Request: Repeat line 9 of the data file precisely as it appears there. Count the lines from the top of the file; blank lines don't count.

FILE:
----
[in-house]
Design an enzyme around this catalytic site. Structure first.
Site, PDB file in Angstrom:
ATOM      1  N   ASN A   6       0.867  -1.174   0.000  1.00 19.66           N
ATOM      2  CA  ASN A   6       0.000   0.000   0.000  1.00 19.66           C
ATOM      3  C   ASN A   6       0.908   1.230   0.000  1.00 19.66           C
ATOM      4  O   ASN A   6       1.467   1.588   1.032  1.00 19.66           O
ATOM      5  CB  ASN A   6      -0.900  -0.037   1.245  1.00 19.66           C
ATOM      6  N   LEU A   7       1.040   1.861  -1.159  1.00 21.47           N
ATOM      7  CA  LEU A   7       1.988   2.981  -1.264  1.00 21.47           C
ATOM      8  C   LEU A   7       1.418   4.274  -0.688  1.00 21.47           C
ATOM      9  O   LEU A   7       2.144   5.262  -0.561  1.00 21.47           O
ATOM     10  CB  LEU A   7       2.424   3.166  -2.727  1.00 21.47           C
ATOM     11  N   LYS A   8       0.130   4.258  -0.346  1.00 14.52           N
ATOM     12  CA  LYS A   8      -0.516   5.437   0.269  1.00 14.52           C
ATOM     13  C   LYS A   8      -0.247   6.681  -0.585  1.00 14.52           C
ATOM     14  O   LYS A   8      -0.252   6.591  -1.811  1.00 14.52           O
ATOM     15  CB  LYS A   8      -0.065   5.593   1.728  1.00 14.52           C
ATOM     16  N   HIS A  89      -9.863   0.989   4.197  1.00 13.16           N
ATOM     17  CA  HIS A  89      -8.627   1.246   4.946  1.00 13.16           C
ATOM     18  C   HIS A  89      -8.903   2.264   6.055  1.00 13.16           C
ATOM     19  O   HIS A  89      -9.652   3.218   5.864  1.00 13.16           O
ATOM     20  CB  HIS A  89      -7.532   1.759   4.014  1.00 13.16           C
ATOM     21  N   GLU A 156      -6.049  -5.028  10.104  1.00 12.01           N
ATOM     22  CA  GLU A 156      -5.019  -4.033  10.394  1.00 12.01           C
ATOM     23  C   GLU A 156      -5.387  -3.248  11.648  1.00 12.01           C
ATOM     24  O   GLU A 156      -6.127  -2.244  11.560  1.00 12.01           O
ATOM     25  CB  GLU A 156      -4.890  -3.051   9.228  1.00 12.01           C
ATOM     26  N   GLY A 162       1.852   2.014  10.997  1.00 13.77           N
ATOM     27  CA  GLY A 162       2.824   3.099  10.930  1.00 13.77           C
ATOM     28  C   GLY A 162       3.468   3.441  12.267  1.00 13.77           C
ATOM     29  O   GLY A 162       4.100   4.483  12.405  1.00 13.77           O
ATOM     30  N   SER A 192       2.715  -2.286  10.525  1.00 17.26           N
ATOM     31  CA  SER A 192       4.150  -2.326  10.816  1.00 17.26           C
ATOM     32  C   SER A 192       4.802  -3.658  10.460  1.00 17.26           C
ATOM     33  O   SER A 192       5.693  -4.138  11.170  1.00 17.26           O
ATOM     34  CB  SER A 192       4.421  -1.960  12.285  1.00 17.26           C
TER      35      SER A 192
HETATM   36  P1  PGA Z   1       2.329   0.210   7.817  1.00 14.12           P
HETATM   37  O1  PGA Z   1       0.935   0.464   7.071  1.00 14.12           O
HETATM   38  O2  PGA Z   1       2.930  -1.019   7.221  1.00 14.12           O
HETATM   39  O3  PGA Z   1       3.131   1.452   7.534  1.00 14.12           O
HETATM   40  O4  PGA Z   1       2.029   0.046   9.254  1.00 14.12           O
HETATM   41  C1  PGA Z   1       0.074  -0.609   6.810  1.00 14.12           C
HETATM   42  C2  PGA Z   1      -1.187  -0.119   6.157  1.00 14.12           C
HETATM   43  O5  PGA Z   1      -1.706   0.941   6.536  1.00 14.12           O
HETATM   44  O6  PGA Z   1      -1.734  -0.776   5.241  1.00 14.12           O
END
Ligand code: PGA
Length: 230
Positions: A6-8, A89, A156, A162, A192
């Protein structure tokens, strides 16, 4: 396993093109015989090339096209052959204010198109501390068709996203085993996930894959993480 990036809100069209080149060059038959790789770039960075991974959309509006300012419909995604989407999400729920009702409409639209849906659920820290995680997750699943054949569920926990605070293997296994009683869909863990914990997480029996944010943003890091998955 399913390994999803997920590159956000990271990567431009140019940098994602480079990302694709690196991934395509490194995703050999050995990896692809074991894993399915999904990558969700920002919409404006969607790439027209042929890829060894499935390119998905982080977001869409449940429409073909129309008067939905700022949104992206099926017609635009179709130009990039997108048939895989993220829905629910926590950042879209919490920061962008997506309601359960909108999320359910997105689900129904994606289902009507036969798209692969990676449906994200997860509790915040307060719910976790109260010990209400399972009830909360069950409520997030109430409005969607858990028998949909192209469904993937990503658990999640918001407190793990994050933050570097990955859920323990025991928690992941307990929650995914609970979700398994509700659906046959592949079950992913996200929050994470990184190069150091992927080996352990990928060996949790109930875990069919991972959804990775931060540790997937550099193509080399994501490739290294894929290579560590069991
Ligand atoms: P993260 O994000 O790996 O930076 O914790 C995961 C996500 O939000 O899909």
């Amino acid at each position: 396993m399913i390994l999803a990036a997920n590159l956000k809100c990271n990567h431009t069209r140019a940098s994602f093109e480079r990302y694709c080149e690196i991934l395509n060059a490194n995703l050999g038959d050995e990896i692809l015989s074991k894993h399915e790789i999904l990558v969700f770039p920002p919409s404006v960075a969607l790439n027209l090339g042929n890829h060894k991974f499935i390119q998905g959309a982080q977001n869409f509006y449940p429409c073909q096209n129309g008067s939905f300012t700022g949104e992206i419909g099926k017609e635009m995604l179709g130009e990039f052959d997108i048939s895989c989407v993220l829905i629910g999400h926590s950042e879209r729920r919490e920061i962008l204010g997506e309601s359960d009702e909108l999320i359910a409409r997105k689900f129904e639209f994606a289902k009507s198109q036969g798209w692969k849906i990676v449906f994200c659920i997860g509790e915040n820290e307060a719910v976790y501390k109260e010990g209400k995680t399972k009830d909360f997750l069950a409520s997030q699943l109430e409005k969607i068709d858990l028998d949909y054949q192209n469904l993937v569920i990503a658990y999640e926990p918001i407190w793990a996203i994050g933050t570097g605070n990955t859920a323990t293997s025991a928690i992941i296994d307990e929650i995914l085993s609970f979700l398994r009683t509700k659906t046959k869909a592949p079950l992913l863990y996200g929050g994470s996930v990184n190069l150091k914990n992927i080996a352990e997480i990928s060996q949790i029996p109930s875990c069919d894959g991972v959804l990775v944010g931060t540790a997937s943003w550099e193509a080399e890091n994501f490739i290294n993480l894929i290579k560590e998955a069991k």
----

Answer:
ATOM      6  N   LEU A   7       1.040   1.861  -1.159  1.00 21.47           N